Accordingly, although Moore Landrey timely reinvoked the trial court's plenary power by an undisputed, prima-facie showing of lack of notice of the April 9, 2002 judgment until May 15, 2002, the usual, 30-day postjudgment period of plenary power applied to this case.   Compare John, 58 S.W.3d at 741 (noting extended period of plenary power).   As measured from May 15, 2002, the trial court's plenary power over the April 9, 2002 judgment expired on the 30th day after May 15, 2002, specifically, on June 14, 2002.   In order to benefit from rule 306a(4) and (5), therefore, Moore Landrey not only had to file its rule 306a(5) motion by June 14, 2002, which it did, but also had to obtain a ruling on its motion by June 14, 2002, which it did not.6  See Cantu, 878 S.W.2d at 132 (noting, in context of conditional grant of mandamus relief, that failure to obtain rule 306a(4) finding would preclude appeal).   As addressed above, Moore Landrey did not file a notice of hearing on its rule 306a(5) motion until December 9, 2002 and did not obtain a ruling on the motion until December 16, 2002, over six months after the trial court's plenary power expired.

Moore Landrey disagrees that the trial court's plenary power expired on June 14, 2002 and contends that the trial court properly ruled on the motion over six months later.   Moore Landrey first contends that a rule 306a(5) motion is similar to a motion to correct a judgment under rule 316 of the Rules of Civil Procedure, which a trial court may properly grant after its plenary power has expired.   See Tex.R. Civ. P. 316 (authorizing trial court to correct clerical mistakes in judgment record);  see also Tex.R. Civ. P. 306a(6) (stating that date of corrected judgment controls postjudgment deadlines when trial court signs corrected, “nunc pro tunc” judgment after plenary power has expired).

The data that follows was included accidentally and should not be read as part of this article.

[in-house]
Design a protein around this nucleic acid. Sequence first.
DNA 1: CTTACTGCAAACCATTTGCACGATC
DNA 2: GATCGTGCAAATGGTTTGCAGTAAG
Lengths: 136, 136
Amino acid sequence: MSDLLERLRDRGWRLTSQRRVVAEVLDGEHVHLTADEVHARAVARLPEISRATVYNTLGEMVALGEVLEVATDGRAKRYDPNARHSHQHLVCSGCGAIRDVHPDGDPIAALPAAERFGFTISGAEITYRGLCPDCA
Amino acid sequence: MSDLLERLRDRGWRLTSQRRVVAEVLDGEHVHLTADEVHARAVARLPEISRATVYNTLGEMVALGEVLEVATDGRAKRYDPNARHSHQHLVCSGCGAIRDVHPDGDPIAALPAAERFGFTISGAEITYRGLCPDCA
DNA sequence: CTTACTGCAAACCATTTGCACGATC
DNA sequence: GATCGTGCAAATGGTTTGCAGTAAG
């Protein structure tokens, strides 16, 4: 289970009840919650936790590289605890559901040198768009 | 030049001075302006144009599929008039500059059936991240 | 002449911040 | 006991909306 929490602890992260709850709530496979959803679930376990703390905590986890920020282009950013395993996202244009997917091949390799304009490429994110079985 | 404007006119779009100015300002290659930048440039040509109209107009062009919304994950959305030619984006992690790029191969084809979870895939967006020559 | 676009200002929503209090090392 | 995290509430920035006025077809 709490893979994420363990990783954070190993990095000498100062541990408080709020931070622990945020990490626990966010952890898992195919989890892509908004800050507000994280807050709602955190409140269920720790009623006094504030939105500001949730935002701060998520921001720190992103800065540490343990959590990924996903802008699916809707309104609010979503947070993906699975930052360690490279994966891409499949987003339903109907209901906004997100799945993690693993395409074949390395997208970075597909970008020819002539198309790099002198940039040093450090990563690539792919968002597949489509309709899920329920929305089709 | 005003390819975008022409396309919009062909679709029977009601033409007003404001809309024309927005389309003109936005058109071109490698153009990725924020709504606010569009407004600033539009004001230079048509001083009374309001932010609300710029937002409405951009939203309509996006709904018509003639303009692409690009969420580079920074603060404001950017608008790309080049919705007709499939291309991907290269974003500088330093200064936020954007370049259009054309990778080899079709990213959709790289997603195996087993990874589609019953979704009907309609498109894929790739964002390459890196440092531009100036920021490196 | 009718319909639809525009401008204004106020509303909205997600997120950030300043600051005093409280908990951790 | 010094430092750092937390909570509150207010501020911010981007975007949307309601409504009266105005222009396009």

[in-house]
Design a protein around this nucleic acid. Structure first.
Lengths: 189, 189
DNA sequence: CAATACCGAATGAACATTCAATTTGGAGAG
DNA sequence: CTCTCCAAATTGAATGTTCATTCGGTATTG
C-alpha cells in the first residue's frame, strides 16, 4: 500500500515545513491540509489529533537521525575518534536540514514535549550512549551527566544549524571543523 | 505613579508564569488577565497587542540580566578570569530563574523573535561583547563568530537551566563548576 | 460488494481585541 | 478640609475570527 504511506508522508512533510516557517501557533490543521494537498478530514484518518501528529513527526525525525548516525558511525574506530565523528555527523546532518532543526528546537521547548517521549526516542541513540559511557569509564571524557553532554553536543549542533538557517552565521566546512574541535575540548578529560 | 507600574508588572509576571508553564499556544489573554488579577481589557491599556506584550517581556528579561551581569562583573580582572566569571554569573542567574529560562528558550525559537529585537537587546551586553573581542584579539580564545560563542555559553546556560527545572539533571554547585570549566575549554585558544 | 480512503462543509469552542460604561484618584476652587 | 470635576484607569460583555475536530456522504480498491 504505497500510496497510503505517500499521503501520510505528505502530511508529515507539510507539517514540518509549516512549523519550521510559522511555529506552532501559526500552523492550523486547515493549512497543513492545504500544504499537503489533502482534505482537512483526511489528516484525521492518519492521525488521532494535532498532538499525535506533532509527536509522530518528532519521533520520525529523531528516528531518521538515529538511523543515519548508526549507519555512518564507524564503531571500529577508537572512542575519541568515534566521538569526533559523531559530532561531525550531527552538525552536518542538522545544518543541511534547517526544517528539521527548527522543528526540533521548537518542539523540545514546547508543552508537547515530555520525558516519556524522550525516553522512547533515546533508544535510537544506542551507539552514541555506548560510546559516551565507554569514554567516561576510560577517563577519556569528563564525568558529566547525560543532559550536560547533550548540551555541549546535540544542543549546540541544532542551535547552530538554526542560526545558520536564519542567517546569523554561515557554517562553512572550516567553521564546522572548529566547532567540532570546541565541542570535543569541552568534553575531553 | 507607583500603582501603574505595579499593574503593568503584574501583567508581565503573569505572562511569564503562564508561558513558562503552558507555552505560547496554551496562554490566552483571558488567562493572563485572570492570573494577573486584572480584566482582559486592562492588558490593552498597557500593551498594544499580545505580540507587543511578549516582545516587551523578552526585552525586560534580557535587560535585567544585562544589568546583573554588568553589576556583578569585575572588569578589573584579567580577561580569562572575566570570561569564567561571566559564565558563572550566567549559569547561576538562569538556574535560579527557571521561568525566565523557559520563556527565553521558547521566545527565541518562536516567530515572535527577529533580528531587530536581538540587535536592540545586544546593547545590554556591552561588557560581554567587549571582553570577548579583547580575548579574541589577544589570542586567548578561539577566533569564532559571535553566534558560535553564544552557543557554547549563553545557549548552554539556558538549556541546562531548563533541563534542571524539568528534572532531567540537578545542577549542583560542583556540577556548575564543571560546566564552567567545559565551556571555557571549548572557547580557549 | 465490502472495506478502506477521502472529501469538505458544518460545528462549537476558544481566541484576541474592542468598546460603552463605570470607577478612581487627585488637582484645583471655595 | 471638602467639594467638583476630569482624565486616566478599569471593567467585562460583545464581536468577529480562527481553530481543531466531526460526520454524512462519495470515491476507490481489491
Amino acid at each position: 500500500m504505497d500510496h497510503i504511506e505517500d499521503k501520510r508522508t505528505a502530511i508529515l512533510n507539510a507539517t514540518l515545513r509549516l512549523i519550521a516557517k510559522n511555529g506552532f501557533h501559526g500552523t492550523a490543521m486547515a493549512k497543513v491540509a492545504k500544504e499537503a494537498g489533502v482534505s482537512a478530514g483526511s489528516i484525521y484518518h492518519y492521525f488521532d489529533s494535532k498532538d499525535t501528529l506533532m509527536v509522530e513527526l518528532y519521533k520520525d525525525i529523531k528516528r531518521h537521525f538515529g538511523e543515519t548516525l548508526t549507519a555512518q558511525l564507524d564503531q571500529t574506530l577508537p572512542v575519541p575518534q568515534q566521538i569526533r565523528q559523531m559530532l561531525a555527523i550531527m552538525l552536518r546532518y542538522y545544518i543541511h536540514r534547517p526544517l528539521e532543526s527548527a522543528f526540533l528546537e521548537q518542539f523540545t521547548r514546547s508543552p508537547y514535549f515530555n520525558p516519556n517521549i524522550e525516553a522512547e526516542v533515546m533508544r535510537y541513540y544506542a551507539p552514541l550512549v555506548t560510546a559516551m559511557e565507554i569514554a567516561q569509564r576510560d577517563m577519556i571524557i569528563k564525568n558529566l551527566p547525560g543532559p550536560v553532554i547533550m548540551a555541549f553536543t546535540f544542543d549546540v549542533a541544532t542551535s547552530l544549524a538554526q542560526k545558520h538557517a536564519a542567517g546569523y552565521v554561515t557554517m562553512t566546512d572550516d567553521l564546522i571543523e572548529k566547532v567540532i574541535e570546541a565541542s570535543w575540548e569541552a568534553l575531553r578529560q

We reject Moore Landrey's reliance on rule 316 and conclude that the rule does not apply.   A trial court does not correct a judgment in any respect by granting relief under rule 306a(4) and (5).   Moreover, the trial court here did not sign a corrected judgment.   As addressed above, the relief contemplated by rule 306a(4) and (5) is to restart the postjudgment timetable at the date of notice.   In addition, rules 316 and 306a(6) do not apply because Moore Landrey's complaints on appeal challenge the original judgment, signed on April 9, 2002 and do not address a corrected judgment.   See Tex.R. Civ. P. 306a(6) (stating that postjudgment periods under rule 306a(1) “run from the date of the corrected judgment with respect to any complaint that would not be applicable to the original document.”) (emphasis added.);   see also Tex.R.App. P. 4.3(b) (same).

In defending its premise that the trial court essentially retained unlimited plenary power to adjudicate rule 306a(4) issues, Moore Landrey relies on a recent memorandum opinion issued by the San Antonio Court of Appeals.   See Vaughn v. Sawyer, No. 04-03-00297-CV, 2003 WL 21338615 (Tex.App.-San Antonio, June 11, 2003, no pet.) (not designated for publication).   We first note that Vaughn differs from this case because the trial court had never ruled on the appealing party's rule 306a(4) motion.   Slip op. at 2. Although the court of appeals noted, in dicta, that an order of abatement could issue to require the trial court to hold a hearing to rule on a rule 306a(4) motion, that process would have served no purpose because, even after using the appellant's date of receipt of notice, the notice of appeal was not timely filed.   See id.   Our sister court thus recognizes, as we recognize here, that rule 306a(4) motions remain subject to the usual timetables.   See id.   Although we further acknowledge that mandamus has conditionally issued to require a trial court to conduct a rule 306a(4) hearing and enter a finding of the date of actual notice, see Cantu, 878 S.W.2d at 132, neither is mandated here.   Both occurred here, albeit tardily.